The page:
Athletes with a disability reflect on how sport has influenced their life path
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OTTAWA, Dec. 3, 2012 /CNW/ - Today, the UN International Day of Persons with Disabilities, Canadian Paralympic medallists, coaches and development athletes are telling their powerful, personal stories of sport.
Whether born with a disability or having acquired one later in life, athletes involved in parasport experience firsthand the many benefits from participating - and share the wish that more Canadians will get involved, whether as an athlete, coach, parent, volunteer or fan.
"Every child in Canada has the right to participate in sport," says Henry Storgaard, CEO of the Canadian Paralympic Committee. "Sport opens the door to many great life experiences and our goal is to encourage more Canadians with a disability to get involved and enjoy firsthand the many benefits that participation brings."
Currently, less than three per cent of Canadians with a disability are active in organized sports. That's a statistic that the Canadian Paralympic Committee is working to improve, through the recruitment campaign, "It's More Than Sport," produced by BBDO Toronto. View the public service announcement online at www.youtube.com/CDNParalympics.
"For Canada to have a podium full of medalists, we need to have a playground full of kids playing parasport," says Storgaard. "We need to ensure that kids with a disability know that participation in sport is an option for them. There are many transferable benefits that playing sport can provide a person with a disability, from rehabilitative to personal development. I know parents will see this campaign and want to give their child the chance to benefit from the experience of parasport."
Sport not only builds great athletes, it builds great people. Friendship, confidence, and opportunity are three of the top benefits both parents and children cite as reasons to get involved in sport.
"I'm so grateful that when I was 13, I saw an athlete on TV with the same disability as mine, which made me realize that one day I could be a Paralympic athlete too," said Benoît Huot, a Paralympic champion swimmer from Montreal who has won 19 medals in four Paralympic Games. "It's really important to make sure the next generation of children with a disability have the same opportunities."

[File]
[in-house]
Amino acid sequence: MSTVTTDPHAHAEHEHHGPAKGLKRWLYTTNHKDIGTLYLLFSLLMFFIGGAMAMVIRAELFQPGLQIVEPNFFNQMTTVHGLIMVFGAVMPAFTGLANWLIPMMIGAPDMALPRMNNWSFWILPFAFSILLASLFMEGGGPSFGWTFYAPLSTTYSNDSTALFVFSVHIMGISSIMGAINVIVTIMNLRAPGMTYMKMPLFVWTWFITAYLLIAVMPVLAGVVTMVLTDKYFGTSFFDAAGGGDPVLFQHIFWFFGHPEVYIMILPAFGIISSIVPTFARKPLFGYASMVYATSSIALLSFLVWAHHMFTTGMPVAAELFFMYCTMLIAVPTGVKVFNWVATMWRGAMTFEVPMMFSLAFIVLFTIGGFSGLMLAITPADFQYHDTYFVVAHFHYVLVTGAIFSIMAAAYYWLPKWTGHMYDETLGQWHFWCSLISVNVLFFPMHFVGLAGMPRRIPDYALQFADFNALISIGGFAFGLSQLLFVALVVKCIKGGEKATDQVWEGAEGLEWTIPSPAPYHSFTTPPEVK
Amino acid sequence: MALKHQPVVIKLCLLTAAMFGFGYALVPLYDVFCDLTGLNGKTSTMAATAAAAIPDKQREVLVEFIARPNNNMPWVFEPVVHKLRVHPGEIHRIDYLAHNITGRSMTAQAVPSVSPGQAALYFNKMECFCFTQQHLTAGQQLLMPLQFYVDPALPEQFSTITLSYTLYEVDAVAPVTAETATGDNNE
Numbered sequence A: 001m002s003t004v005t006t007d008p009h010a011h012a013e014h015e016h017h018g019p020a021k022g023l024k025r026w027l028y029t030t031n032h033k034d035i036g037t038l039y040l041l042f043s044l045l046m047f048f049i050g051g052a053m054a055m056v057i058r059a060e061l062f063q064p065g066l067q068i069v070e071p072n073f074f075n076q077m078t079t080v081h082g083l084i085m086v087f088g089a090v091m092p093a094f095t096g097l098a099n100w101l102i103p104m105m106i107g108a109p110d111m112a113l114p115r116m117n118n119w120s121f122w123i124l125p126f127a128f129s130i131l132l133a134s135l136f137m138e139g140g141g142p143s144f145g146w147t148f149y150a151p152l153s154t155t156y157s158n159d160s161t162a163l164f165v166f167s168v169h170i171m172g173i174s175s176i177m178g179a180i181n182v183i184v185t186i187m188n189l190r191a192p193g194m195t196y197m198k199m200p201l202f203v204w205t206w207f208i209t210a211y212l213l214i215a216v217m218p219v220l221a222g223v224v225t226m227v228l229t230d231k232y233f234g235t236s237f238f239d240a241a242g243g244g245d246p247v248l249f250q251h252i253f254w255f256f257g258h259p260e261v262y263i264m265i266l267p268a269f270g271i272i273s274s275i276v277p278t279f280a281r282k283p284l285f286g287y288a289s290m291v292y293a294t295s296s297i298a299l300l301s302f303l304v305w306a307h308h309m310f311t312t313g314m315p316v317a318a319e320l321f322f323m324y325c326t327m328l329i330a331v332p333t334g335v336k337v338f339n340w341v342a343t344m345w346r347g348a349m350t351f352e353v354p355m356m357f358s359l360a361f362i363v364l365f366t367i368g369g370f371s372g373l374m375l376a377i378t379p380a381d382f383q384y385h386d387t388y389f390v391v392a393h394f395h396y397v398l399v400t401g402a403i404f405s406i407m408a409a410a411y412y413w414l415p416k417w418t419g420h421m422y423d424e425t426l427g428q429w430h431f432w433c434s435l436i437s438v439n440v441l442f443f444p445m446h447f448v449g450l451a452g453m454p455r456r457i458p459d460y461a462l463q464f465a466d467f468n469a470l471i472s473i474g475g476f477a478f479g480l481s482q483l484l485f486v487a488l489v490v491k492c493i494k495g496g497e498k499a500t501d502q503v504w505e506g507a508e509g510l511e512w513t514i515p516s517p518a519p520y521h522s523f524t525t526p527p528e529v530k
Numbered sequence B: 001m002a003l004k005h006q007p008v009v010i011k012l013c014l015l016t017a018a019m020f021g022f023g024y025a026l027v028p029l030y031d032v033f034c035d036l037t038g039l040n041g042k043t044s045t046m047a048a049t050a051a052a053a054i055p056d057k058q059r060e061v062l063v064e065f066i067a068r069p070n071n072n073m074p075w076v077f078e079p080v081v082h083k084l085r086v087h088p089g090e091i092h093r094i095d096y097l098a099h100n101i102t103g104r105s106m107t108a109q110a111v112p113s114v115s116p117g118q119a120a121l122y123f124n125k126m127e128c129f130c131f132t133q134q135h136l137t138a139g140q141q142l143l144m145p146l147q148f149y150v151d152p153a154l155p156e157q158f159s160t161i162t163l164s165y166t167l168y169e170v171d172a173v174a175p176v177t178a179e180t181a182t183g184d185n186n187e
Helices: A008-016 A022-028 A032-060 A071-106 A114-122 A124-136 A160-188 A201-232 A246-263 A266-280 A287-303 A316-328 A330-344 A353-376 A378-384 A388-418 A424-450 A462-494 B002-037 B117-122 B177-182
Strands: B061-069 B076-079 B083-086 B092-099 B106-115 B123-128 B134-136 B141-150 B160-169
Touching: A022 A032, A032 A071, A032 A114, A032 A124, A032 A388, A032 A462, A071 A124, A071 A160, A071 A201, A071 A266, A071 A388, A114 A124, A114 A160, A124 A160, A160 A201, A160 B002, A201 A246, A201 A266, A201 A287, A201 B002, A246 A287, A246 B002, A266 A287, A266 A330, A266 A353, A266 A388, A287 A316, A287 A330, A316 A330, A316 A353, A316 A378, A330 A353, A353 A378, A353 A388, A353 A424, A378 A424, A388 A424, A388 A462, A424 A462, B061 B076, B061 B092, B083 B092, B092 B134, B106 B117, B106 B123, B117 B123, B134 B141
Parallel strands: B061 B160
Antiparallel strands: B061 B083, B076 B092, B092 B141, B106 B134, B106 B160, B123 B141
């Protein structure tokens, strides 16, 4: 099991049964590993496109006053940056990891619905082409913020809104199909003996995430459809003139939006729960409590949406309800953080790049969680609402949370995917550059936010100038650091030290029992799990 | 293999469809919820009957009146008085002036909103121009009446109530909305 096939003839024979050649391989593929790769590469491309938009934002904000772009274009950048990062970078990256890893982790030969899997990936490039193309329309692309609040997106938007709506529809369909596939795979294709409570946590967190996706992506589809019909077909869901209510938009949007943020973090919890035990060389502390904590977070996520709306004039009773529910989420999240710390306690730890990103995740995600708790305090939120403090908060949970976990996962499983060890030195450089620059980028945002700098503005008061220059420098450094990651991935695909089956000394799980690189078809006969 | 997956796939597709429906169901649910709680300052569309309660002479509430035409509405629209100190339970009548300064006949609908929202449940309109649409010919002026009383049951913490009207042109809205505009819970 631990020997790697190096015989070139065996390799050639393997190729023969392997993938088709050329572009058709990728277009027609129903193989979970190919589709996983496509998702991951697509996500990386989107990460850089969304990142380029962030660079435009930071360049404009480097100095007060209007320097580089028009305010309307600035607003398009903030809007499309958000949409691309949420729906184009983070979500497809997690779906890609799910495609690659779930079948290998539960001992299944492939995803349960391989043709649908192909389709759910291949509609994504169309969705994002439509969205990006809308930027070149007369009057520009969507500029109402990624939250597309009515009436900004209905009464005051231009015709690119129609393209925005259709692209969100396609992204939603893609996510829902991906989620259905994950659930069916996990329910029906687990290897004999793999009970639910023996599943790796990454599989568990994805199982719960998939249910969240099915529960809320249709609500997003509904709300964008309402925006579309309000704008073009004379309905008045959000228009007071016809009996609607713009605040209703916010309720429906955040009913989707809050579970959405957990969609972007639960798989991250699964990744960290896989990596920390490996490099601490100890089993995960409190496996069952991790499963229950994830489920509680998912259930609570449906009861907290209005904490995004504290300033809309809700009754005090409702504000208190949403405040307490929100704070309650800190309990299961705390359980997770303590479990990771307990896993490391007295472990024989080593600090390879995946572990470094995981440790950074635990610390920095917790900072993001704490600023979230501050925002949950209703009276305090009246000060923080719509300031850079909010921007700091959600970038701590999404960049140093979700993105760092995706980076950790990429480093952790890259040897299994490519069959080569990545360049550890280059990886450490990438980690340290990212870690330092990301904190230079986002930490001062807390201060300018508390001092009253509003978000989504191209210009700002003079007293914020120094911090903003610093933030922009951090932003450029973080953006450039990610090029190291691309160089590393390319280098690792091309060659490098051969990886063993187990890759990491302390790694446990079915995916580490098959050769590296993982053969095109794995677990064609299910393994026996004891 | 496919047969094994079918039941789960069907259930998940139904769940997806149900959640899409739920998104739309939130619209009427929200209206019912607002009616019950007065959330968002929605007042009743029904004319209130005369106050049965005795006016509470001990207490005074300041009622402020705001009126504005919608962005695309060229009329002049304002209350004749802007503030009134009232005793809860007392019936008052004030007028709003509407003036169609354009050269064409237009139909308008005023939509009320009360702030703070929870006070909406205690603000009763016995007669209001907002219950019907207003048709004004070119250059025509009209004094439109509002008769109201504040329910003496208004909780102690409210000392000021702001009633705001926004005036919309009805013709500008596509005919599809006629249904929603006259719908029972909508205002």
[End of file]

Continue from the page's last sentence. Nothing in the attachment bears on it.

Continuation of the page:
"To be featured in the It's More Than Sport commercial is amazing," said Cassidy Sheng, 12, a leg amputee swimmer from Toronto. "I love swimming and am so proud to show people that swimming is one of the many fun sports that kids with a disability can do."
Visit www.paralympic.ca/getinvolved to learn more about ways to get involved, whether as an athlete, coach, parent, volunteer or parasport champion.
About the Canadian Paralympic Committee
The Canadian Paralympic Committee is a non-profit, private organization with 46 member sports organizations dedicated to strengthening the Paralympic movement. The Canadian Paralympic Committee's vision is to be the world's leading Paralympic nation. Its mission is to lead the development of a sustainable Paralympic sport system in Canada to enable athletes to reach the podium at the Paralympic Games. By supporting Canadian Paralympic athletes and promoting their success, the Canadian Paralympic Committee inspires all Canadians with a disability to get involved in sport through programs delivered by its member organizations.
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SOURCE: CANADIAN PARALYMPIC COMMITTEE (CPC)
For further information:
Manager, Media Relations
Canadian Paralympic Committee
Tel: 613-569-4333 ext. 243
Executive Director, Communications and Marketing
Canadian Paralympic Committee
Tel: 613-569-4333 ext. 224